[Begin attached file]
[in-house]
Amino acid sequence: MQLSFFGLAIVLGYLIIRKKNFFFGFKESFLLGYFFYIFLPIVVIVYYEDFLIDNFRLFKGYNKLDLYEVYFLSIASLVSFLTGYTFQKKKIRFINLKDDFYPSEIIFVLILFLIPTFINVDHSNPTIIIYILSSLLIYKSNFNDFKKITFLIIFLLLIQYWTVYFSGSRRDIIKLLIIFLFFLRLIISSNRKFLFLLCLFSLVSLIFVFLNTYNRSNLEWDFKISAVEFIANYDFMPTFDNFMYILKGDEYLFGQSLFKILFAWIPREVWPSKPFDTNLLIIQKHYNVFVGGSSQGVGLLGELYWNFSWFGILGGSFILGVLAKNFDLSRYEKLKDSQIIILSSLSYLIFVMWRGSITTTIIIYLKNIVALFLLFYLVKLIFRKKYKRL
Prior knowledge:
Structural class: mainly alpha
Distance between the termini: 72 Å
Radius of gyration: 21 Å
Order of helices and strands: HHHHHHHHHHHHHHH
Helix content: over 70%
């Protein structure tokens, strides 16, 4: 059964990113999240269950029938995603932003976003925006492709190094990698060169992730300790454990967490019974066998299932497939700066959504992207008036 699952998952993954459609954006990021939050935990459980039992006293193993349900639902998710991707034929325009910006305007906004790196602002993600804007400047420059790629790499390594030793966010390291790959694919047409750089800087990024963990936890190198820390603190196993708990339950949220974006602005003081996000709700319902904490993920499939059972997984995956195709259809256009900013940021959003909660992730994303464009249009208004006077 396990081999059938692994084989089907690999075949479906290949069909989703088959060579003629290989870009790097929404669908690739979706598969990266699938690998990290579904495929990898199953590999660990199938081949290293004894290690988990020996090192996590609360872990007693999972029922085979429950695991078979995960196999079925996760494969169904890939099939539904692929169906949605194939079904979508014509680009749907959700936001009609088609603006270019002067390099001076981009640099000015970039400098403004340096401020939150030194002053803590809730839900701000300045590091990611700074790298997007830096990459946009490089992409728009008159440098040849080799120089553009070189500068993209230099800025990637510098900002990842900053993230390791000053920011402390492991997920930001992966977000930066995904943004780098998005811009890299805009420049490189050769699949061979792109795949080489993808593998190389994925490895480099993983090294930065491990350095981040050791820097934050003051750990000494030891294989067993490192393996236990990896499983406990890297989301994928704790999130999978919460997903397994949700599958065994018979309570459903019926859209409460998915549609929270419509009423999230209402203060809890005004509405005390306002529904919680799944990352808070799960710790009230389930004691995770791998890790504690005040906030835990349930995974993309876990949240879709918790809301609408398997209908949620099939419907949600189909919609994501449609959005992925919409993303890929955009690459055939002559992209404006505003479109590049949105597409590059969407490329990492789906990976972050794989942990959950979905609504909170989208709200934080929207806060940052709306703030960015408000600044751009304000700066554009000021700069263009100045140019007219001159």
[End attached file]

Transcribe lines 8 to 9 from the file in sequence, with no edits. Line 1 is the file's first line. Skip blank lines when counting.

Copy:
Helix content: over 70%
């Protein structure tokens, strides 16, 4: 059964990113999240269950029938995603932003976003925006492709190094990698060169992730300790454990967490019974066998299932497939700066959504992207008036 699952998952993954459609954006990021939050935990459980039992006293193993349900639902998710991707034929325009910006305007906004790196602002993600804007400047420059790629790499390594030793966010390291790959694919047409750089800087990024963990936890190198820390603190196993708990339950949220974006602005003081996000709700319902904490993920499939059972997984995956195709259809256009900013940021959003909660992730994303464009249009208004006077 396990081999059938692994084989089907690999075949479906290949069909989703088959060579003629290989870009790097929404669908690739979706598969990266699938690998990290579904495929990898199953590999660990199938081949290293004894290690988990020996090192996590609360872990007693999972029922085979429950695991078979995960196999079925996760494969169904890939099939539904692929169906949605194939079904979508014509680009749907959700936001009609088609603006270019002067390099001076981009640099000015970039400098403004340096401020939150030194002053803590809730839900701000300045590091990611700074790298997007830096990459946009490089992409728009008159440098040849080799120089553009070189500068993209230099800025990637510098900002990842900053993230390791000053920011402390492991997920930001992966977000930066995904943004780098998005811009890299805009420049490189050769699949061979792109795949080489993808593998190389994925490895480099993983090294930065491990350095981040050791820097934050003051750990000494030891294989067993490192393996236990990896499983406990890297989301994928704790999130999978919460997903397994949700599958065994018979309570459903019926859209409460998915549609929270419509009423999230209402203060809890005004509405005390306002529904919680799944990352808070799960710790009230389930004691995770791998890790504690005040906030835990349930995974993309876990949240879709918790809301609408398997209908949620099939419907949600189909919609994501449609959005992925919409993303890929955009690459055939002559992209404006505003479109590049949105597409590059969407490329990492789906990976972050794989942990959950979905609504909170989208709200934080929207806060940052709306703030960015408000600044751009304000700066554009000021700069263009100045140019007219001159």